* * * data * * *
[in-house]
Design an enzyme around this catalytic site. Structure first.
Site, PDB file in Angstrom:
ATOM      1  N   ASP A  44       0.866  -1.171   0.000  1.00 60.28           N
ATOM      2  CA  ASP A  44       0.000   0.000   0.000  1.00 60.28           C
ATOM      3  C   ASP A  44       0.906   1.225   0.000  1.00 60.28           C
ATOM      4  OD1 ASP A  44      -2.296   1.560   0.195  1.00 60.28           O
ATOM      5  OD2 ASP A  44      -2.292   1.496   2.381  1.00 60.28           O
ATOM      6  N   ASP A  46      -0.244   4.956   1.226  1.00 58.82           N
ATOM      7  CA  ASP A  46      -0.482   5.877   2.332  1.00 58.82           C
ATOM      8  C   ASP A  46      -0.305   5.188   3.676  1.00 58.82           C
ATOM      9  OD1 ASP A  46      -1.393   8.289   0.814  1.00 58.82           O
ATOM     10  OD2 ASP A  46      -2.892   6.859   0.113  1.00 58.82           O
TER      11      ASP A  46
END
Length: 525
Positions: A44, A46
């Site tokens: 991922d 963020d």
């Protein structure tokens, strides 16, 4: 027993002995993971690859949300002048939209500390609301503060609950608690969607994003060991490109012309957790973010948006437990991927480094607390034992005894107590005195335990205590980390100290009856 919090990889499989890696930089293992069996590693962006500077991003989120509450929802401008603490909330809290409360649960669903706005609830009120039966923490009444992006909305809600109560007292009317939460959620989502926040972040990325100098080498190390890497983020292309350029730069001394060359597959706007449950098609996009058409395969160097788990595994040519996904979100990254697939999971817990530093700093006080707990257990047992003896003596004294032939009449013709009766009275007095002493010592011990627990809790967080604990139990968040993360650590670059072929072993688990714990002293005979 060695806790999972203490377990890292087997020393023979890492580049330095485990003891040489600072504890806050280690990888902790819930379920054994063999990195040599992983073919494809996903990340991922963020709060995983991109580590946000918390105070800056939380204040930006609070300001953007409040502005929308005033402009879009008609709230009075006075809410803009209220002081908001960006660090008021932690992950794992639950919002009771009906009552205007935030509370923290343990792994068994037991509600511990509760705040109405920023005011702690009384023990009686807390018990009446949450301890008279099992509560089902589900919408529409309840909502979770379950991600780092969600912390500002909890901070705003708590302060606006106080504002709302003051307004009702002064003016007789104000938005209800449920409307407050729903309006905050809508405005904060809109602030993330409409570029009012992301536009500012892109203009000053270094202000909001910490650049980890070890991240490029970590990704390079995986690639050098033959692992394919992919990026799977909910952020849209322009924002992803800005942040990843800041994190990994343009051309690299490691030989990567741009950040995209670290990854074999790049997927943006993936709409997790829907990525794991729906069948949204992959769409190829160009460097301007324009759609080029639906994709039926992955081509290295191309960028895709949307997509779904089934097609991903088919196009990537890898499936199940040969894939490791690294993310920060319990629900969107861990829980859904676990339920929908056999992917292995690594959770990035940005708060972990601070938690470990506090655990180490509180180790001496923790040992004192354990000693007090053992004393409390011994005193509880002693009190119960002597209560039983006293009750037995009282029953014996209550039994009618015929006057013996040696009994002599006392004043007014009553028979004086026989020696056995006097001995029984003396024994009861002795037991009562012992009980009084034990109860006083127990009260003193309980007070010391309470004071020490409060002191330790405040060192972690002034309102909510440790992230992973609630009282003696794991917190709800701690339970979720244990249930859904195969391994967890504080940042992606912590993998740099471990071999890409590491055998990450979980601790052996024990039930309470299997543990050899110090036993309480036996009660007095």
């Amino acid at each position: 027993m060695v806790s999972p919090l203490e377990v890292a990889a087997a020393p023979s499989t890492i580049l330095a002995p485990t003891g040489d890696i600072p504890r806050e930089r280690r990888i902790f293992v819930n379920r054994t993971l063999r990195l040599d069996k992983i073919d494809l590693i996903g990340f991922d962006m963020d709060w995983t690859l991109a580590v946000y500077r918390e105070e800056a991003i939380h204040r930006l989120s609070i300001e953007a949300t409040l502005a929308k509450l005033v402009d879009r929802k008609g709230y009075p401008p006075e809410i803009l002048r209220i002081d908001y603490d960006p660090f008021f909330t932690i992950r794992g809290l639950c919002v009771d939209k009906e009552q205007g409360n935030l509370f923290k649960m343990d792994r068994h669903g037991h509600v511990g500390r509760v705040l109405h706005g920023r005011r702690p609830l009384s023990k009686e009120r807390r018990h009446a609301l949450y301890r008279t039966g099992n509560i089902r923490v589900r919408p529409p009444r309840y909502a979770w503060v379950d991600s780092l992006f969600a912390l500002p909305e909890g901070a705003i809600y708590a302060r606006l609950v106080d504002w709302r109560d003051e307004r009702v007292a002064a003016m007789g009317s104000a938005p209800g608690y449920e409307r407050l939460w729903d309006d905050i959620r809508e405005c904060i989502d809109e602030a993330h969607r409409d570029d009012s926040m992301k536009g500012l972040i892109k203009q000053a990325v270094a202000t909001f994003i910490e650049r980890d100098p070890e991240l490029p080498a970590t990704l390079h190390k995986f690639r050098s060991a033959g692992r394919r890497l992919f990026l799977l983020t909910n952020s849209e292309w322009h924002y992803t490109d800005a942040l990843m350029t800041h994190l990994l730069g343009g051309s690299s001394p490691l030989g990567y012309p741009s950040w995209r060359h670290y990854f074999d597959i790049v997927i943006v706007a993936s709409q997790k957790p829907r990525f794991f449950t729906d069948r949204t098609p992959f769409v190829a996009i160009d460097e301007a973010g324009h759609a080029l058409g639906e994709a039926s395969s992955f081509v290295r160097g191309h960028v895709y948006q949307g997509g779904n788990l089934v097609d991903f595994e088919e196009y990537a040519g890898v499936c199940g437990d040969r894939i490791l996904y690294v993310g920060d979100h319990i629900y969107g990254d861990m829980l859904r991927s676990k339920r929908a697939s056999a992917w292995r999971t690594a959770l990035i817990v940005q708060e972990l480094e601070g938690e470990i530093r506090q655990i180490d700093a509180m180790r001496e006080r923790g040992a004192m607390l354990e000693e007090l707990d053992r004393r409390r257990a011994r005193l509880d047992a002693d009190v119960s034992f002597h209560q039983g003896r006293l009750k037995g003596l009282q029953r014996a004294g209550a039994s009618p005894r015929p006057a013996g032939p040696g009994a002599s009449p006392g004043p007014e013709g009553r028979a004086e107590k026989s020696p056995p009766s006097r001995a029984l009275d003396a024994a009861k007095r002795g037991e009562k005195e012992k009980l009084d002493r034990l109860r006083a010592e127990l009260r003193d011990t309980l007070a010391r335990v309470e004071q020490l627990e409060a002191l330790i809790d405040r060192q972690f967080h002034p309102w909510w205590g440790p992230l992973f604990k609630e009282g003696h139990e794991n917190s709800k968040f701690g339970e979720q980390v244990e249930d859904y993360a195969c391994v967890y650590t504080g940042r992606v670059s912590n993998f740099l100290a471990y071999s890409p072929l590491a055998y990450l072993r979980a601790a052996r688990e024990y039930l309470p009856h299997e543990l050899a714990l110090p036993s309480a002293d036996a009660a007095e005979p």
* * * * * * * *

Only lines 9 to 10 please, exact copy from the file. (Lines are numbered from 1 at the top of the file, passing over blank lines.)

ATOM      6  N   ASP A  46      -0.244   4.956   1.226  1.00 58.82           N
ATOM      7  CA  ASP A  46      -0.482   5.877   2.332  1.00 58.82           C